Thanks to the black-blood scourge of N00bs endlessly spewing from the mouth of the Angry Metal Umbrella Corporation©, the promo pile has become a tragic sight to behold. The once bountiful expanse has been ravaged into the carrion-sculpted entity that now shambles before me. Thus, selecting albums for review has forced me to break out the knuckle dusters in order to get my hands on something of actual merit. After I brushed a few beta reviewers aside, I settled on Germany’s Werian and their debut Animist. The band’s name comes from an old Germanic word for the transformation of man into wolf. A fitting moniker, as the album’s themes detail some of the world’s most deeply rooted supernatural and religious perspectives. To this end, the collective eschews stringent genre tropes in favor of a combination of doom and a subtle element of black metal that serves to catalyze this shamanic sojourn. The quality is evident, but there remains a question of quantity.
Interestingly, I can’t find a single piece of information pertaining to the group’s identity. All I can be sure of is that Werian is an outfit consisting of three members, and apparently a trio who would rather let their material do the talking. Frankly, I find that infinitely preferable to the litany of necro-nomenclature currently drowning the blackened genres. Animist itself also boasts a triptych of three tracks, but whose length runs deep enough to constitute an entire album. “Hex” is the first and shortest song at a comparatively lean thirteen minutes. The sense of narrative inherent in Animist is immediate as the song takes its time to lay a foundation and steadily build on it with small but perceptible crescendos. Occult rock-infused chords slowly climb to an impending pace all backed with samples of inclement weather. The psychedelic touches help flesh the song out and it succeeds in outlining one man’s excursion into the metaphysical. Like a freshly expelled Cain bitterly throwing paradise to his back and venturing east of Eden so as to crack wide the celestial vault and rake there for secret knowledge.
Animist never truly falters. But, as with all projects of similar scope, the ever-expanding song lengths soon become counter-productive. “Blade of Heresy” begins with almost two superfluous minutes of supposedly evocative atmospherics. What makes it even more unfortunate is that Werian are clearly adept at smooth transitions. This pseudo-intro just feels tacked on in comparison to the fluidity of the album’s thematic changes. The track eventually showcases a much heavier set of riffs and opts for some trem-picking inside the doom tempo. As enjoyable as it is, the natural conclusion lands around the ten-minute mark. While the remaining four minutes aren’t clumsy, they are just repetitions of earlier sections. Animist‘s finale, “March Through Ruins,” exacerbates these same criticisms. Unsurprising, at nearly eighteen minutes long. The song itself is gorgeous and provides the perfect fusion of the previous tracks. A focus on hard riffing segues into an immersive introspection indicative of Kyuss‘ “Whitewater.” However, a solid five minutes of indulgence could easily be excised for a much more succinct and engaging climax.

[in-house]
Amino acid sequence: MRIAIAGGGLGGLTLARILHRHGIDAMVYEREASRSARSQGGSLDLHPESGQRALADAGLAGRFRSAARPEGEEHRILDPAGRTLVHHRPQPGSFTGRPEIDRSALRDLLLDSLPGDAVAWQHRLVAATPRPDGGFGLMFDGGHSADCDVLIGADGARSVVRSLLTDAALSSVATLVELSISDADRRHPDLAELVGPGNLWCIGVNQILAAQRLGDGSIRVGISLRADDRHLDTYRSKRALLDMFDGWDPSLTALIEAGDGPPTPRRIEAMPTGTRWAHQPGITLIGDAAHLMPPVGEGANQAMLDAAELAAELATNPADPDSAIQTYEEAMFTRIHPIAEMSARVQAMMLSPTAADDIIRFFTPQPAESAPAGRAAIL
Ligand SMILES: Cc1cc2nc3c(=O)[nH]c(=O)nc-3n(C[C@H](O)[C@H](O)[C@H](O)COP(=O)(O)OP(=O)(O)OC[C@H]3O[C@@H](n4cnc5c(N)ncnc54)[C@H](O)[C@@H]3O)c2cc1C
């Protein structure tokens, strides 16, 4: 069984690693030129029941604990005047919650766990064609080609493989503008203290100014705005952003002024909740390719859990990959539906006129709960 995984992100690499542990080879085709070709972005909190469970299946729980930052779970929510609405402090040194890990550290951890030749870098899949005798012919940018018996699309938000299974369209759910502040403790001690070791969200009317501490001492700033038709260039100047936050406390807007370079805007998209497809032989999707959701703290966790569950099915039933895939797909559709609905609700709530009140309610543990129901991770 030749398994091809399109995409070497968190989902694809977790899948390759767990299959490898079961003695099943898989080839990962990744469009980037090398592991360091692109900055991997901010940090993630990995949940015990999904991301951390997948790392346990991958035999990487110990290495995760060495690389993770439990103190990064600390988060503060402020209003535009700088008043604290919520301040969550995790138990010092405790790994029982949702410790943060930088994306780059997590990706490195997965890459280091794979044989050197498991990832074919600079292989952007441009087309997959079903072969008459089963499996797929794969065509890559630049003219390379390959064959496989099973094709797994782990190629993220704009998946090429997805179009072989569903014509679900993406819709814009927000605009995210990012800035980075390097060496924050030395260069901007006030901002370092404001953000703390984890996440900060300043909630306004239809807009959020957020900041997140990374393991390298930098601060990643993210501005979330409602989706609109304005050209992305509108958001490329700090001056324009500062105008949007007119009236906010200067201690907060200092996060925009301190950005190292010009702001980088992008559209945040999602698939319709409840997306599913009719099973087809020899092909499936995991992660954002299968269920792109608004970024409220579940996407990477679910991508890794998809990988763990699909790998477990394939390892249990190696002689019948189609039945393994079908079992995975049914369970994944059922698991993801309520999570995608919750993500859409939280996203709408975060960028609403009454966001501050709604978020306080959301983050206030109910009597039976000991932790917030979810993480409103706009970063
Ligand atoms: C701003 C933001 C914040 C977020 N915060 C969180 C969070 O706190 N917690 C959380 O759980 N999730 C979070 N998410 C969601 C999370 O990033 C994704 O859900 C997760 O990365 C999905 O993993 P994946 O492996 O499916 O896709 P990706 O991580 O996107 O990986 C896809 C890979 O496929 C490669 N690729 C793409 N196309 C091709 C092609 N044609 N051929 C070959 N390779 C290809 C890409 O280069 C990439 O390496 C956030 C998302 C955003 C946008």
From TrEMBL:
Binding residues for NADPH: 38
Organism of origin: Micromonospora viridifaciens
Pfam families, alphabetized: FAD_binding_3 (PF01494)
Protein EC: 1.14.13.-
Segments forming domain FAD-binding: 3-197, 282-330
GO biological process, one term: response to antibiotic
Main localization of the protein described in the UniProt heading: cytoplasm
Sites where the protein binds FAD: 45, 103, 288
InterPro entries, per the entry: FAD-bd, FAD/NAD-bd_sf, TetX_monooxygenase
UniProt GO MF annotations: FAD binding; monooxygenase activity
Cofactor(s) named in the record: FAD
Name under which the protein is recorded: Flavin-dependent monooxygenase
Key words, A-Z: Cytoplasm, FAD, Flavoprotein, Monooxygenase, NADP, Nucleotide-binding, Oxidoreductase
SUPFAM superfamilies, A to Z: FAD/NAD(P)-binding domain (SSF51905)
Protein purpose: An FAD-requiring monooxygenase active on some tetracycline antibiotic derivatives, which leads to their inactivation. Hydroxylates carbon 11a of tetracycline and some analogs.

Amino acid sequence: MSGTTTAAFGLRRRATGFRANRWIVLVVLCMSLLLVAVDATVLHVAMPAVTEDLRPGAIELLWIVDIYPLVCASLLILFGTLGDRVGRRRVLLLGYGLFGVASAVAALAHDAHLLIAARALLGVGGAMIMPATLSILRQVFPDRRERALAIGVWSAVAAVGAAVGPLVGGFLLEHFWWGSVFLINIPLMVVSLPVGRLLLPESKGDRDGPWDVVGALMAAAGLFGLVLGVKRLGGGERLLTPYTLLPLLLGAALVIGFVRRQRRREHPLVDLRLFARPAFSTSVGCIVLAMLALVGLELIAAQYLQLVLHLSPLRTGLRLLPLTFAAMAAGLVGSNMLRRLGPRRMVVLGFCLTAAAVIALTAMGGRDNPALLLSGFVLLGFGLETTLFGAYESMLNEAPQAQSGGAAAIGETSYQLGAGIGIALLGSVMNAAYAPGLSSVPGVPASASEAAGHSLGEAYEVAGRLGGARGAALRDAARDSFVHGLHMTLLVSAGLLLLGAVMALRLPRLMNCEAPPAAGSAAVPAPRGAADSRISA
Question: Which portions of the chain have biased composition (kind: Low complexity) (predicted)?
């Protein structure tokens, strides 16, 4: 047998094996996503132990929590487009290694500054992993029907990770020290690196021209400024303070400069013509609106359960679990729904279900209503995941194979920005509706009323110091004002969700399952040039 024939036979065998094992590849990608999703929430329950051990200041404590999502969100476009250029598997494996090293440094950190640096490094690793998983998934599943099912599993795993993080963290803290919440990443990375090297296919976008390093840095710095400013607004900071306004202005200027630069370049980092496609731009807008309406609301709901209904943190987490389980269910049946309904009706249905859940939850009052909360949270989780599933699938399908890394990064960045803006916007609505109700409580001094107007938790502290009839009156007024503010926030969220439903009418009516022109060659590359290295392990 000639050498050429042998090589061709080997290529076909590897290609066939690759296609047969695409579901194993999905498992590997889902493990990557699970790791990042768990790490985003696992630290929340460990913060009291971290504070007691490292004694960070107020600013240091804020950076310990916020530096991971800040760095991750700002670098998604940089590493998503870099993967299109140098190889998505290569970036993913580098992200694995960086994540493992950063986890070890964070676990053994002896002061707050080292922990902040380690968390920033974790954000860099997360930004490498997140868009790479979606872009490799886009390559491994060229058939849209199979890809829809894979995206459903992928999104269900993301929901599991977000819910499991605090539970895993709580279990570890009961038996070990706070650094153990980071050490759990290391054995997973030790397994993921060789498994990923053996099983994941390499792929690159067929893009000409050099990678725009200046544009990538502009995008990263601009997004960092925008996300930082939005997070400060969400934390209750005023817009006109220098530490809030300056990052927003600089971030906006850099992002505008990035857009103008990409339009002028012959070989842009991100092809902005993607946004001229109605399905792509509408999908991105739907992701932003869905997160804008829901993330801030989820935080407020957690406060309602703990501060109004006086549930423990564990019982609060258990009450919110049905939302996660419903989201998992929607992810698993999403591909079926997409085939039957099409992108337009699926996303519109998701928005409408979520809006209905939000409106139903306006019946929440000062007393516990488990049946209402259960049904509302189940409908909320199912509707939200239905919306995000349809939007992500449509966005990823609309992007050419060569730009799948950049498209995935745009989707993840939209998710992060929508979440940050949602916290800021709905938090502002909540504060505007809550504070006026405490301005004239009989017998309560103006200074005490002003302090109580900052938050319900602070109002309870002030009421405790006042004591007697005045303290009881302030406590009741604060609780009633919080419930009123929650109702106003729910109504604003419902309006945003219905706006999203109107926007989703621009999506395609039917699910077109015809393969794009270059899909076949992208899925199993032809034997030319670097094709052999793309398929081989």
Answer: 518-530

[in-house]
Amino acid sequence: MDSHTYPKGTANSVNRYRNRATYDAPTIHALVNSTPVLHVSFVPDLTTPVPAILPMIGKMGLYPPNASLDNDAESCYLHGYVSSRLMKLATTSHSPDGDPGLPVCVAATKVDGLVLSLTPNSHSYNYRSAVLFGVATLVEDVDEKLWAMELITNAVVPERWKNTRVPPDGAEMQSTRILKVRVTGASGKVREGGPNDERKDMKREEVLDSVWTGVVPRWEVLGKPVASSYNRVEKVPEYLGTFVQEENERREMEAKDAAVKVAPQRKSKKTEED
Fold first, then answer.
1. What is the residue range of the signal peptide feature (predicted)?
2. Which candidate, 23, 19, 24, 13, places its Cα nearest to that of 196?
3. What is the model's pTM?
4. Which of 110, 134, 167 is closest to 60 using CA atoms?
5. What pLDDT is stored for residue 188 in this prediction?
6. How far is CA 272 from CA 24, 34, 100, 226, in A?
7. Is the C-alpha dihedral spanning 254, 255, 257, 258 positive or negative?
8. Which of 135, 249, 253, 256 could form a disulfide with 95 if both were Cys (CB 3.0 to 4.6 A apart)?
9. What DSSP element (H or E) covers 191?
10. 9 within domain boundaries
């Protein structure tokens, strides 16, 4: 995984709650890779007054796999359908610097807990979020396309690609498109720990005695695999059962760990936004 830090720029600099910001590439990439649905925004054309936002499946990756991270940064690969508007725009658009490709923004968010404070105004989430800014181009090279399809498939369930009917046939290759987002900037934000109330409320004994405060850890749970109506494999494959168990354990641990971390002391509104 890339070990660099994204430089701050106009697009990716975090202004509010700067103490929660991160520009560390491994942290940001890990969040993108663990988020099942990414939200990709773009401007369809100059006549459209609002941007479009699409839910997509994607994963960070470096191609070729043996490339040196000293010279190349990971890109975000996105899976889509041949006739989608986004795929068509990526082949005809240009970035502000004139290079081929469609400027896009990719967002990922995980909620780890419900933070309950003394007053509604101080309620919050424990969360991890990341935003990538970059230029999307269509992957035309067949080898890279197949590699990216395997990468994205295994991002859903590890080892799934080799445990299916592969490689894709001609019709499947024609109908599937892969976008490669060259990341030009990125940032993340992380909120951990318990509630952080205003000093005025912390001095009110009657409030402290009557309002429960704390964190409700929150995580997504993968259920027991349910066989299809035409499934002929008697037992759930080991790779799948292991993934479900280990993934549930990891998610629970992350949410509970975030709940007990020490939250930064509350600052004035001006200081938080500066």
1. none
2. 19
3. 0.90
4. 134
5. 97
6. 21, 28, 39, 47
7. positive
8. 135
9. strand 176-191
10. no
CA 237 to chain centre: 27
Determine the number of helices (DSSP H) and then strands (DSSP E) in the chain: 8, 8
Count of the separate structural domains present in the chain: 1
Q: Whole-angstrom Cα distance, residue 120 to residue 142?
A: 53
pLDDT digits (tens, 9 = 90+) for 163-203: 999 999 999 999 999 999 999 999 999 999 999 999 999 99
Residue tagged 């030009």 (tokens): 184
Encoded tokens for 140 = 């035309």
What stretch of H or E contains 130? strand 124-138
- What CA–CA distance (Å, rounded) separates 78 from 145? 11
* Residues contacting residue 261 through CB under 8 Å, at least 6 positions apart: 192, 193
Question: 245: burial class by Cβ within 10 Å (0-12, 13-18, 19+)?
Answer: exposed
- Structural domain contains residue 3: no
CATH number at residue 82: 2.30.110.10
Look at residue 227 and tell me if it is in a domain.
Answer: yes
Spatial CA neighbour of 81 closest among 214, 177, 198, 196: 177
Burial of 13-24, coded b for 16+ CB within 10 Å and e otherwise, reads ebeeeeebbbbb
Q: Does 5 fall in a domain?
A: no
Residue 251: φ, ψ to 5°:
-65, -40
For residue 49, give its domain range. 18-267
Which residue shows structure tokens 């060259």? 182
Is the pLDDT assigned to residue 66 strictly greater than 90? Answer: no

Animist was recorded in a live setting, using only analog devices so as to foster a more organic experience to better conduct these forays into consciousness. The album sounds stunning and the mix is equal to the task. The bass dutifully resounds by the side of the retro guitars which strike just the right balance between bile and psychedelia. Occasionally, hoarse growls emanate up from behind the instrumentation. Although I suspect the album could well get by as an instrumental, the sparse use of choral harmonies does add a certain grandeur to their sequences.
As a lycanthropic excursion that journals the coalescence of the nature of man and beast, Animist is a success. The record’s blackened edge affords the material a real sense of the wilderness, both physical and spiritual, which is where Werian truly excel. The album is an often seamless combination of its genres, but there remain some pitfalls to overcome. Overt song-length is never an appropriate tool to engineer depth and it seems especially frustrating given the quality the band is so clearly capable of. As such, this isn’t a casual experience. But, if long-form music isn’t your thing, I still strongly suggest you, too, breathe deep the sky and heed the call of the wild. Lest you unjustly write Animist off.